A certain British secret agent made his big screen debut 55 years ago, when the first James Bond film, “Dr No”, premiered on October, 1962.
Based on the 1958 novel of the same name by Ian Fleming, it would set in motion a multi-billion-dollar film franchise that is still going strong today and is arguably bigger than ever.
Right from the start it was envisaged that there would be a series of Bond films. Fleming had written several novels featuring the character and options had been taken out to adapt all of them. Bond made his print debut in Fleming’s novel “Casino Royale”, but producers chose “Dr No” for the first film for its fast-moving plot, its exotic location in sunny Jamaica and its topical theme of space rocket launches.
In the film, Bond is sent to Jamaica to investigate the disappearance of a fellow British agent. Following up leads and teaming up with local allies, he finds the underground base of Dr No, an unhinged Chinese-German scientist with metal hands who is plotting to disrupt an American space launch using a powerful radio beam weapon. Bond must defeat the villain and his henchmen to save the day.
As with most of the Bond films, the plot differs in several key areas from the book on which it was based, but Fleming apparently did not mind this, having been well paid for the film rights to his books. “Dr No” was adapted for the big screen by writers Richard Maibaum, Johanna Harwood and Berkley Mather, and directed by Terence Young for a budget of less than $1m. The film was produced by Harry Saltzman and Albert R. “Cubby” Broccoli in a partnership that would last for 13 years.
In casting the film, its producers originally wanted Cary Grant for the role of Bond, but he could commit only to a single film and they wanted a star to establish the series. Others reportedly considered were Patrick McGoohan, who had portrayed a spy in the TV series “Danger Man”, and David Niven, who would later play Bond in a 1967 comedy spoof of “Casino Royale”.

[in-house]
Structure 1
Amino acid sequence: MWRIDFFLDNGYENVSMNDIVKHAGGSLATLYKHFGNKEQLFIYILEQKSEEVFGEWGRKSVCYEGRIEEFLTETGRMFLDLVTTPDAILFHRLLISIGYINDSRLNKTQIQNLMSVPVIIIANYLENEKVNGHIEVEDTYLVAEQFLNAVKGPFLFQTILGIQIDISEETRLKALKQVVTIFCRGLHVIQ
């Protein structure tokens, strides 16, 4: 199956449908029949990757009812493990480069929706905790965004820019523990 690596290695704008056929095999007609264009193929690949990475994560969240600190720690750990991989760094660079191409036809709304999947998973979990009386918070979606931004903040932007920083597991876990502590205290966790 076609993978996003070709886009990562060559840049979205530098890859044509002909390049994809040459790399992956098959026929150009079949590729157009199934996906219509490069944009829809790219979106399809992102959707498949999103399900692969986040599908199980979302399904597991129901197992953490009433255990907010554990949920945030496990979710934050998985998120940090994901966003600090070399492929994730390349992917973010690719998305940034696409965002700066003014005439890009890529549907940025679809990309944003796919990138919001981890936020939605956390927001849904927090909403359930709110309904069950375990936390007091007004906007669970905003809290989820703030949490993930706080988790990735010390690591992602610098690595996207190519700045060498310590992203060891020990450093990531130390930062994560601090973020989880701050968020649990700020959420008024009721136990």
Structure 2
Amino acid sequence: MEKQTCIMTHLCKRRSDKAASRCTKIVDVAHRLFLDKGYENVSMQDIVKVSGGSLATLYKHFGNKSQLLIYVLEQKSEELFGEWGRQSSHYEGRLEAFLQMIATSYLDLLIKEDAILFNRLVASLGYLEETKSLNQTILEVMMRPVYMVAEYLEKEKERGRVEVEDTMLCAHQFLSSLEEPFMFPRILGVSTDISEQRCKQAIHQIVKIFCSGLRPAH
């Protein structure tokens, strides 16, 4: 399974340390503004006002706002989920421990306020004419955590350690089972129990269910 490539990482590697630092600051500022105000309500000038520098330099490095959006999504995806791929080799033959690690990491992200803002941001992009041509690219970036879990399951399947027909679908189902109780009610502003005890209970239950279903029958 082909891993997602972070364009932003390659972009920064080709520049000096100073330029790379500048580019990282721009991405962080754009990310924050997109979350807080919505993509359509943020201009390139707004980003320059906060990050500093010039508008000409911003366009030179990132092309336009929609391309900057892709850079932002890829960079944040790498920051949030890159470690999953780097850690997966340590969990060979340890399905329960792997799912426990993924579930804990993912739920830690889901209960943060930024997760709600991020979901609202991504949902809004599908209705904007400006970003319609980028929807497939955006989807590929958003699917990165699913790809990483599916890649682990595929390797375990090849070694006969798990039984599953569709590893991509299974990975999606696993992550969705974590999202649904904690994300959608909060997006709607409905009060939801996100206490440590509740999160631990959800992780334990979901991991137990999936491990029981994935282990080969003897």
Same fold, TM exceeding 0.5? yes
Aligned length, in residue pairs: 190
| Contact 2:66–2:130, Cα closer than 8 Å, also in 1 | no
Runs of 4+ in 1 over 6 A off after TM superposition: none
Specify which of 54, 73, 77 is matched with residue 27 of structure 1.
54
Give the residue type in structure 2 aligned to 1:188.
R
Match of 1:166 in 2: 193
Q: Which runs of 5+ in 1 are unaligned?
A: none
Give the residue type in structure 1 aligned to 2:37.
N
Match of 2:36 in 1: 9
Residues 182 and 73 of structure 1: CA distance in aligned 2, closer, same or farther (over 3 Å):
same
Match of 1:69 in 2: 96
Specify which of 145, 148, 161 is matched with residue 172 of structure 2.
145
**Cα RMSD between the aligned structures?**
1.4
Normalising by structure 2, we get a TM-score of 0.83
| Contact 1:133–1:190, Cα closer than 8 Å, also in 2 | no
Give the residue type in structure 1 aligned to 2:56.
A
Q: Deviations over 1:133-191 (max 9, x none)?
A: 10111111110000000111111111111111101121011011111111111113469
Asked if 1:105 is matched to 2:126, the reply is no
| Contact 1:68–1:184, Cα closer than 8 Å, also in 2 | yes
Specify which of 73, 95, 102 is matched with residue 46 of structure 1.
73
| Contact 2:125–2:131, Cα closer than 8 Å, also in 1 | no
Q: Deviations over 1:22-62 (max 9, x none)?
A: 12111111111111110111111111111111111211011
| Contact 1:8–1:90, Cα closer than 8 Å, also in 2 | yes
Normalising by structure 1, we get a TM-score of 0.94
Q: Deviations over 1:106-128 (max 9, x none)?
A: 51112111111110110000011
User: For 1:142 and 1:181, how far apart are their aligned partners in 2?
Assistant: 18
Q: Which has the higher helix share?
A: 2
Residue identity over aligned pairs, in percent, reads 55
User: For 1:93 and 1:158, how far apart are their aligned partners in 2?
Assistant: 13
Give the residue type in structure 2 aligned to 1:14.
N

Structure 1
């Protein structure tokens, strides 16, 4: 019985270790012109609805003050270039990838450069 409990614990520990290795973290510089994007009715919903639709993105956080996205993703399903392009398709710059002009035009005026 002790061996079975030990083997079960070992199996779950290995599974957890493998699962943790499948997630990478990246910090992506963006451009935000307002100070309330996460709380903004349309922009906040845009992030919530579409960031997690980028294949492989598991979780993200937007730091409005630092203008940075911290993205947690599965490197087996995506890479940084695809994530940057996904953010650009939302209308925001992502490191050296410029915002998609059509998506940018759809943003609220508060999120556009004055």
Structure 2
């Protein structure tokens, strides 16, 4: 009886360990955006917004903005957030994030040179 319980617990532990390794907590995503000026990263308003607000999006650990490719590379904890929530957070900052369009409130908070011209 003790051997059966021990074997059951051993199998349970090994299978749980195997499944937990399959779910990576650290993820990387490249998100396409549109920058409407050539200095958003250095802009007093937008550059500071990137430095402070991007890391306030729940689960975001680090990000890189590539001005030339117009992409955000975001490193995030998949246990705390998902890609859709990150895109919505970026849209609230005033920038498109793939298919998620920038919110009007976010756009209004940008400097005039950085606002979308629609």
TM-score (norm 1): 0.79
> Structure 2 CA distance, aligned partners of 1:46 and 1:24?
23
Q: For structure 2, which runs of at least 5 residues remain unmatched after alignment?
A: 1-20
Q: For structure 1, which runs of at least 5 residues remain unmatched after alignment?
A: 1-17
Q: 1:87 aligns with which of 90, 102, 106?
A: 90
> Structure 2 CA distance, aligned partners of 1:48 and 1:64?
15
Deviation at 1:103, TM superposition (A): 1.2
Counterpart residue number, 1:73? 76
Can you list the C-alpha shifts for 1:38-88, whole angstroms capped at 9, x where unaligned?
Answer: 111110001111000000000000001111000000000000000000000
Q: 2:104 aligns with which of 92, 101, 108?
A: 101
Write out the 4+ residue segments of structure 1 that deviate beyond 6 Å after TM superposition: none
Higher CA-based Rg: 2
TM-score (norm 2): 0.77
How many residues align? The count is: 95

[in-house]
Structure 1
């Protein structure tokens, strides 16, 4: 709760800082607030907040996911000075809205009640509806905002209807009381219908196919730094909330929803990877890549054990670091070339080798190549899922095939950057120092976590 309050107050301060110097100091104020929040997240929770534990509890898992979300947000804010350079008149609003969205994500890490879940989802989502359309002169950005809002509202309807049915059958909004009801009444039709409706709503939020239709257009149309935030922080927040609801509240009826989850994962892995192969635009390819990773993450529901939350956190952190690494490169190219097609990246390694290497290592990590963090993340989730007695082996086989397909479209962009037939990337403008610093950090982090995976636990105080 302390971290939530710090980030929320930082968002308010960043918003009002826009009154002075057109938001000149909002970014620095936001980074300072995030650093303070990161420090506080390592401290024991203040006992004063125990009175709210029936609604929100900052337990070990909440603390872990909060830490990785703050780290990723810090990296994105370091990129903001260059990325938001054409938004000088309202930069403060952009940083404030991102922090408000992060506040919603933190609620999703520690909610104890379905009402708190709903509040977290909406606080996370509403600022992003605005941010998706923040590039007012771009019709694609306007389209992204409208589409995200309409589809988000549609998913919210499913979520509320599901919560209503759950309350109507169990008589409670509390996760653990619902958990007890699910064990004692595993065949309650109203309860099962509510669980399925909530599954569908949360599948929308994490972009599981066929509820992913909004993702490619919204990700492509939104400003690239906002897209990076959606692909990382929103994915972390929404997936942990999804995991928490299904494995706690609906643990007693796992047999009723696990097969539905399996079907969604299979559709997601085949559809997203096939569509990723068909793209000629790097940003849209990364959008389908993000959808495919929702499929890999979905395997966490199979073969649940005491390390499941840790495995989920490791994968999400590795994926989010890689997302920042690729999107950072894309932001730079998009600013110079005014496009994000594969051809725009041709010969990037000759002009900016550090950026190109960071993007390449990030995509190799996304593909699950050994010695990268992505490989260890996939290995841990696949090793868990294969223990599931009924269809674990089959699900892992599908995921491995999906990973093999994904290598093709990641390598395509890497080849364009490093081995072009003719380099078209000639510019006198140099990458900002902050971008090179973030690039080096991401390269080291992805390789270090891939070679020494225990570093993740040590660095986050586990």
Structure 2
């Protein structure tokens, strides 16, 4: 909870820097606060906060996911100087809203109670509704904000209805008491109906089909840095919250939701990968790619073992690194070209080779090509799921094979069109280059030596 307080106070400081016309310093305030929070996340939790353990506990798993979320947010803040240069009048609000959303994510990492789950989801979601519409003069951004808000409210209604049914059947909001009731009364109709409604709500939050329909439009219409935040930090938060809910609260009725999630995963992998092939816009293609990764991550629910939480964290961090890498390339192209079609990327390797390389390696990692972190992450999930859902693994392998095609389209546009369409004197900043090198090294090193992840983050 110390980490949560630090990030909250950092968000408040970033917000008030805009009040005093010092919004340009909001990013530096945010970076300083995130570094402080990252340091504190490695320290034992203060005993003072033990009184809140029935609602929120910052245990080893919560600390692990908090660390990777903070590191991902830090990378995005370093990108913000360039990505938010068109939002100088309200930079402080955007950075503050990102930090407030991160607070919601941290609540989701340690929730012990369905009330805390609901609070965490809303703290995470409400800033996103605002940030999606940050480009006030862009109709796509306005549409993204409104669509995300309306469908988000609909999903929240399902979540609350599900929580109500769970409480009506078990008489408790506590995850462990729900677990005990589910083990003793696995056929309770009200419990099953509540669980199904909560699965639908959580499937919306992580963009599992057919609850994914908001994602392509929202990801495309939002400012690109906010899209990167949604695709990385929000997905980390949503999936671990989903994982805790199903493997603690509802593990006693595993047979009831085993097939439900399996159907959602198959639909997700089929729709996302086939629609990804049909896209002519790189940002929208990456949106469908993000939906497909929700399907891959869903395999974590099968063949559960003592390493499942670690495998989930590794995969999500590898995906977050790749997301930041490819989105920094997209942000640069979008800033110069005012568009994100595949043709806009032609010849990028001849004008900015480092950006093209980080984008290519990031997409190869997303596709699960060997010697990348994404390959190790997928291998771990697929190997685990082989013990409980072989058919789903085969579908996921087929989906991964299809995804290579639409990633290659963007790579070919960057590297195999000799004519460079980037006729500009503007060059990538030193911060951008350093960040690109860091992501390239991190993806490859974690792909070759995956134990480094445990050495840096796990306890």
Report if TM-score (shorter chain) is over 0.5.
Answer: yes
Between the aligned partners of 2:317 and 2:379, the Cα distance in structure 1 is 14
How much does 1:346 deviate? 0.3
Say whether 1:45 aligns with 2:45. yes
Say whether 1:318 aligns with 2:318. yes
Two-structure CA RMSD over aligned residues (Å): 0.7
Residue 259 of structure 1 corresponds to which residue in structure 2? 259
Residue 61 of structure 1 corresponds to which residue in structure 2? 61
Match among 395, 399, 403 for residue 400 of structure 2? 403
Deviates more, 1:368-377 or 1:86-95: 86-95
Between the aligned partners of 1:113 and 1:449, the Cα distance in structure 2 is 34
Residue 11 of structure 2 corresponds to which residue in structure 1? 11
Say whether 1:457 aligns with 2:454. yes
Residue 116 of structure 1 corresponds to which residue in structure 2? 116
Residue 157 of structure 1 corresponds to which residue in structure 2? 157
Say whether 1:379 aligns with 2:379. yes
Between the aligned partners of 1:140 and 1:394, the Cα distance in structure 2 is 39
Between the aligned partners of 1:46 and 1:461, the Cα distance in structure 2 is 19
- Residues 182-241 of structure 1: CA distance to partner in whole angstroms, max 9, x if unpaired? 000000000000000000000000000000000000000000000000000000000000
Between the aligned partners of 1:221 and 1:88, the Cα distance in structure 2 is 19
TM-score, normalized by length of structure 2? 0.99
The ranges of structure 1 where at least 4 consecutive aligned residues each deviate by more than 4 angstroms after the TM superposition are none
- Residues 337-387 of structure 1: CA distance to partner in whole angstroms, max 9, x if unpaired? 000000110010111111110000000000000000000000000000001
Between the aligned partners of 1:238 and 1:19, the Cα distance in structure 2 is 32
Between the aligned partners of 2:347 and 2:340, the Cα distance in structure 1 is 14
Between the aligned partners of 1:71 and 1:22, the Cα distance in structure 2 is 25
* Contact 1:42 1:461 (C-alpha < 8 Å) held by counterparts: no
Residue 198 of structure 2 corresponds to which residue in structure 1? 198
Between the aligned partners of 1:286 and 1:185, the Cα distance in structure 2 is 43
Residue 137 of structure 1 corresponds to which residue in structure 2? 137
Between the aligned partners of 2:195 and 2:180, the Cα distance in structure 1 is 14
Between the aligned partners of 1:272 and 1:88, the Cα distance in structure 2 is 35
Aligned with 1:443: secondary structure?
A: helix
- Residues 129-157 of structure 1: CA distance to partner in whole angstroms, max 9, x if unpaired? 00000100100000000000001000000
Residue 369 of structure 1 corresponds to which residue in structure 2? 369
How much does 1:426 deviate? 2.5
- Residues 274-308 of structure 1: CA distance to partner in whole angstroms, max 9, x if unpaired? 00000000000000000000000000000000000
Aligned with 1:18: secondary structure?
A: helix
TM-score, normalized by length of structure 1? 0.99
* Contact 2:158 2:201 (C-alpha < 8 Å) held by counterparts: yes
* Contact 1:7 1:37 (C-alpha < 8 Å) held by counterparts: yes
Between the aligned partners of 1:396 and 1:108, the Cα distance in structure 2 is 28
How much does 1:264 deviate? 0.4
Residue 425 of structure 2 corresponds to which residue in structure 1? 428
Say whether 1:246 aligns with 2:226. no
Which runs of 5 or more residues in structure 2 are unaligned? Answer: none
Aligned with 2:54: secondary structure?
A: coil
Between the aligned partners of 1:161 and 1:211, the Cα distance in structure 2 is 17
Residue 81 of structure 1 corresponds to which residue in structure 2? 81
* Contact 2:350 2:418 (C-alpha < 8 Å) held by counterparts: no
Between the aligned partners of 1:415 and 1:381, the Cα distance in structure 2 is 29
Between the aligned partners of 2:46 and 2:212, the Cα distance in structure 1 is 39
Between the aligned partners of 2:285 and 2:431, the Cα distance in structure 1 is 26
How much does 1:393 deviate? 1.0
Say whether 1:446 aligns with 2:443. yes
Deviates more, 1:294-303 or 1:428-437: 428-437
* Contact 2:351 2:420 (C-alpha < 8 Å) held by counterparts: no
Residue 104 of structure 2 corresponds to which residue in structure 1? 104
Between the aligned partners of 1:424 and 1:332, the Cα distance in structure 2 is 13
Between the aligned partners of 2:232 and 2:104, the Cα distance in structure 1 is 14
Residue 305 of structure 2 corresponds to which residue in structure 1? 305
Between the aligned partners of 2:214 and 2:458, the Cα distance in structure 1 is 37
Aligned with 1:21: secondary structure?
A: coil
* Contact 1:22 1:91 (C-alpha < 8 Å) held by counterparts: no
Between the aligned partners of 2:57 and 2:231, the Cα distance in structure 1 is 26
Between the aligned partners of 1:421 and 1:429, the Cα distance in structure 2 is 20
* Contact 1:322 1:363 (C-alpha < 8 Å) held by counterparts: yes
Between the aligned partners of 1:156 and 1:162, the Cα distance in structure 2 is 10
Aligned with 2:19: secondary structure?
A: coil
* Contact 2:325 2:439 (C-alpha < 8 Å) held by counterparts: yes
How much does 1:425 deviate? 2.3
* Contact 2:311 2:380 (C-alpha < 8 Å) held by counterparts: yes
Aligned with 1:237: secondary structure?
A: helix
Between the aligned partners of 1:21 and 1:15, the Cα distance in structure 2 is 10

In the end the producers settled on up-and-coming Scots actor Sean Connery for the role, despite some reservations that he might be too ‘rough around the edges’. Although little-known at the time, Connery could commit to five films and the producers felt he could be polished enough to appeal to women but tough enough to intimidate his enemies. It proved a good choice and Connery was an immediate hit.
Julie Christie was considered for the role of the first ‘Bond girl’, Honey Ryder, but it went instead to Ursula Andress, who made a stunning and still iconic debut, emerging from the sea wearing a white bikini. However, her lines were later redubbed by voice actress Nikki van der Zyl, due to Andress’ heavy Swiss-German accent.
Her singing voice for the traditional Jamaican calypso “Under the Mango Tree” was dubbed by actress Diana Coupland, who later found TV fame playing Sid James’ wife in 1970s’ sit-com “Bless This House”. At the time Coupland was married to John Barry, who arranged the film’s soundtrack music, written by Monty Norman, and would go on to compose the music for 11 Bond films.
On its cinematic release, “Dr No” received a mixed response from the critics, some of whom savaged it. Time magazine called Bond “a great big hairy marshmallow” and a “blithering bounder”, while in Rome the Catholic Church condemned the film for its “dangerous mixture of violence, vulgarity, sadism and sex” – which probably did more for ticket sales than the most positive reviews! Thankfully, audiences loved it and the film was a considerable box office success, eventually grossing more than $6m.
“Dr No” was also pivotal in establishing many of the recurring themes which would characterise the Bond films, not least the distinctive opening sequence with Bond seen in silhouette down the barrel of a gun to the musical backdrop of Monty Norman’s “James Bond Theme”. Other set-pieces and themes included Bond’s initial briefing with his boss “M”, the glamorous Bond girls, 007’s signature Walther PPK and array of spy gadgets devised by “Q”, and his taste for Vodka Martini, “shaken, not stirred”.
It also introduced the worldwide criminal organisation SPECTRE (Special Executive for Counterintelligence, Terrorism, Revenge and Extortion), which would reappear in several later Bond films including the 2015 film of the same name. To date there have been 24 official Bond films, together grossing in excess of $7 billion. Six actors have portrayed 007, the latest being Daniel Craig, and the series – one of the most successful in movie history – shows no sign of faltering.